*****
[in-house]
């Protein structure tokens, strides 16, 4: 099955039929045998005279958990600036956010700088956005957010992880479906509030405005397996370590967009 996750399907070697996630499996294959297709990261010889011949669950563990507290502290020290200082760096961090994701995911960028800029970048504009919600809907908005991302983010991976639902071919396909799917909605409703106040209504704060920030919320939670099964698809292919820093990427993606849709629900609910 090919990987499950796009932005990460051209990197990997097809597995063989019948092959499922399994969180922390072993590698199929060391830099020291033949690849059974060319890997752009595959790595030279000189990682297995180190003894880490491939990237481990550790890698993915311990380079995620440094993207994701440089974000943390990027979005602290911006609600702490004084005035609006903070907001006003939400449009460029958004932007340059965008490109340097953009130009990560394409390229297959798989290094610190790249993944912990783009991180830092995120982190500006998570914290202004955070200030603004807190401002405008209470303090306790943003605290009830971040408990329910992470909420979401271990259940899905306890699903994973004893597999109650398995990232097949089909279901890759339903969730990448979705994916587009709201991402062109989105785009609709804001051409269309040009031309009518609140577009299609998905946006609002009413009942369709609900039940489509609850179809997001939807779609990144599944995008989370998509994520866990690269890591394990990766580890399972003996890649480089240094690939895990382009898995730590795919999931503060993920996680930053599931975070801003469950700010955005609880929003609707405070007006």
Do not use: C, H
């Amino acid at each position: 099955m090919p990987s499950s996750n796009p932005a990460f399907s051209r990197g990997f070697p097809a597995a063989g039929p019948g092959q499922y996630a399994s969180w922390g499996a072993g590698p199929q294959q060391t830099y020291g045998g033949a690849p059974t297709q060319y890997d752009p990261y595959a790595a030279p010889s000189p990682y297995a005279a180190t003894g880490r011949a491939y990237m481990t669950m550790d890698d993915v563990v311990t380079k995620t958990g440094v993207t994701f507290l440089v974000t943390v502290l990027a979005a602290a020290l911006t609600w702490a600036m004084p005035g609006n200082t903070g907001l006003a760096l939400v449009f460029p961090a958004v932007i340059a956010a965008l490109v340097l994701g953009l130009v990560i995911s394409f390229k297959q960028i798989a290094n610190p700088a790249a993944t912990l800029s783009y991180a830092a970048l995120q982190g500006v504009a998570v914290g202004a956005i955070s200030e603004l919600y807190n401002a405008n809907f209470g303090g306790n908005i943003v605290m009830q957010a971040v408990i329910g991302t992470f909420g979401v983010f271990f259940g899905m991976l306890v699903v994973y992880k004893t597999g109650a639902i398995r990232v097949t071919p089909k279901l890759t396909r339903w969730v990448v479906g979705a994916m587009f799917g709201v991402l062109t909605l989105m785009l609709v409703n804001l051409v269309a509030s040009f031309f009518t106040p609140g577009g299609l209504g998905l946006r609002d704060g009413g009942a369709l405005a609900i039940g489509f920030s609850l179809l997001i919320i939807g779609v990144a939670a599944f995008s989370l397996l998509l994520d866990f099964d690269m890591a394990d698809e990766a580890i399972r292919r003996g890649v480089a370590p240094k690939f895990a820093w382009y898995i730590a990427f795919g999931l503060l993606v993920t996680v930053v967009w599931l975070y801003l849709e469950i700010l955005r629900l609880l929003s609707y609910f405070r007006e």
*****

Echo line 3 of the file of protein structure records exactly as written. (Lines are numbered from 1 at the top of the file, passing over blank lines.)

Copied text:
Do not use: C, H